Dec 20, 2008

Business - Panasonic to acquire Sanyo for up to $9 billion

Tokyo: Japan’s Panasonic Corp. said Friday it had cleared the way to acquire struggling Sanyo Electric Co. for up to nine billion dollars, forming an industry heavyweight amid the global downturn.
The deal is the first major realignment of Japan’s electronics industry since the start of the economic crisis, which has led companies to suspend production as consumer demand dries up.
Panasonic will buy Sanyo shares from US investment firm Goldman Sachs and Japan’s Daiwa Securities and Sumitomo Mitsui, giving a badly needed cash injection into the financial sector as it reels from the credit crunch.
“We, the electronics industry, are faced with the need to restructure amid the global recession as well as a downward shift in prices and the growth of emerging markets,” Panasonic president Fumio Ohtsubo told a news conference.
“Under these circumstances, it is all the more important to strengthen our management practices to grow further,” he said.
Sanyo, which started off making bicycle lamps after World War II, has cut thousands of jobs as it attempts to return to profit.
Recently it has tried to focus on environmental technologies including solar energy and rechargeable batteries - areas coveted by Panasonic.
Panasonic said it had reached a deal on a tender offer aiming to secure a 70.5 % stake in Sanyo at 131 yen a share, valuing the deal at a maximum of 800 billion yen (around $9 billion).
Ohtsubo said that the companies sought to increase operating profit by 80 billion yen in the 2012 financial year through the tie-up.
“What we want to add as our new core business is the energy business,” including batteries which are key to eco-friendly hybrid cars, Ohtsubo said.
“In order to accelerate the synergy effect of our two companies, we are ready to invest 100 billion yen,” mostly in the battery business but also in other fields, he said.
“We believe that we will evolve into a corporate group which will be highly admired globally, coexisting in harmony with the global environment,” he said.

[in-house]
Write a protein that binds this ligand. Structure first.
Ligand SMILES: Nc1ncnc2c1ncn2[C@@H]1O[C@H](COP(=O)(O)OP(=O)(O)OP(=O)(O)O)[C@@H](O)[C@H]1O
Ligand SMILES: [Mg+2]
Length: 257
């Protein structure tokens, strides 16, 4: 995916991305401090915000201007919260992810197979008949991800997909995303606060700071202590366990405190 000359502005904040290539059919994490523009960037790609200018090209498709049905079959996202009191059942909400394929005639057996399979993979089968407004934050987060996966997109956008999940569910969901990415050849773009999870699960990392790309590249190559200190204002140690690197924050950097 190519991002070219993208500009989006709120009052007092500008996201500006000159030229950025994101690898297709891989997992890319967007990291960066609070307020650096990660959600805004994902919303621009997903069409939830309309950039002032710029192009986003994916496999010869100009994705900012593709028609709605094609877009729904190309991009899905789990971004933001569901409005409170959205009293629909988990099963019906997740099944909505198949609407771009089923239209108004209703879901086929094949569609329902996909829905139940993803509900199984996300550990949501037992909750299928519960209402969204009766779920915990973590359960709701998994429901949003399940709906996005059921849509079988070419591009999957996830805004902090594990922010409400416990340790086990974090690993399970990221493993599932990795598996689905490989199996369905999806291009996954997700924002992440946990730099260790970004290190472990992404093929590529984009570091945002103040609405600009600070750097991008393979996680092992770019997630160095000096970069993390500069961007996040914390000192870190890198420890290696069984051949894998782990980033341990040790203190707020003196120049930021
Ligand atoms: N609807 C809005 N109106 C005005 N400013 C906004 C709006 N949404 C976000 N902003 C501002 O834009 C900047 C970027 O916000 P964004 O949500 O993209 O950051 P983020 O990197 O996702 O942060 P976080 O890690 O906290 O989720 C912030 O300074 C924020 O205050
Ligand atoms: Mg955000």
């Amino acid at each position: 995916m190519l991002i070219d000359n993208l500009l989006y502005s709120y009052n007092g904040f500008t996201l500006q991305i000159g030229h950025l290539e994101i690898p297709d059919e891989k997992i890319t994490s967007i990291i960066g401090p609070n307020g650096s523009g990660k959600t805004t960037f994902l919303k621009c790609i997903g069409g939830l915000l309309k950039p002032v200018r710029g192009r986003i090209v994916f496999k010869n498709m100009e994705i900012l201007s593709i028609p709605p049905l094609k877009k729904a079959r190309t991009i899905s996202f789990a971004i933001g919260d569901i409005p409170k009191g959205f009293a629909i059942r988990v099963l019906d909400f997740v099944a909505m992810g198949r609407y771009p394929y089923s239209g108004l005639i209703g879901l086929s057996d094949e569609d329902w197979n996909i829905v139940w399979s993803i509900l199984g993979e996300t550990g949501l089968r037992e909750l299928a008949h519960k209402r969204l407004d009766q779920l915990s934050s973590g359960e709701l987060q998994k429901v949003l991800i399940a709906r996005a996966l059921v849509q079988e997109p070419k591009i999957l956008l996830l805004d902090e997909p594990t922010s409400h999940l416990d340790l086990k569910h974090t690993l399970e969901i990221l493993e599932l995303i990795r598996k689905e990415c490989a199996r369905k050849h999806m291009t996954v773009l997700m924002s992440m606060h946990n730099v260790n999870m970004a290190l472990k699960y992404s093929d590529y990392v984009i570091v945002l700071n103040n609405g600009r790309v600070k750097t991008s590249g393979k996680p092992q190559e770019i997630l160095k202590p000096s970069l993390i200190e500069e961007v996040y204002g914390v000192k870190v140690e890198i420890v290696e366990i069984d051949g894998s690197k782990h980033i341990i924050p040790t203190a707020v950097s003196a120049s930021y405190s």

Sanyo, which like Panasonic is based in the western Japanese metropolis of Osaka, will remain listed.
Sanyo has had a troubled few years. It was forced to raise cash by issuing new shares, effectively handing over control to Goldman Sachs and other financial firms.
Toshimasa Iue, a member of the founding family, stepped down last year after he clashed with the big investors over how far to restructure the company.
Panasonic, which is already Japan’s biggest seller of consumer electronics, has been seeking to raise its global profile against rivals -- notably Sony Corp. -- that enjoy solid name recognition.
Kazumasa Kubota, an analyst at Okasan Securities, said that despite the high cost, “in the longer term the acquisition is absolutely an advantage for Panasonic.”
“Sanyo reportedly holds hundreds of patents in the field of battery technology and has strengths in solar power,” he said.
Kubota credited Panasonic with negotiating shrewdly, knowing that Goldman Sachs needed cash.
Just two weeks earlier, Goldman Sachs had rejected an offer from Panasonic that was reported to be 130 yen per share - only one yen difference from the 131 yen in the agreement.
But on Tuesday, Goldman Sachs reported a 2.12 billion dollar net loss in the fiscal fourth quarter to November, the first time it has gone into the red since going public in 1999.

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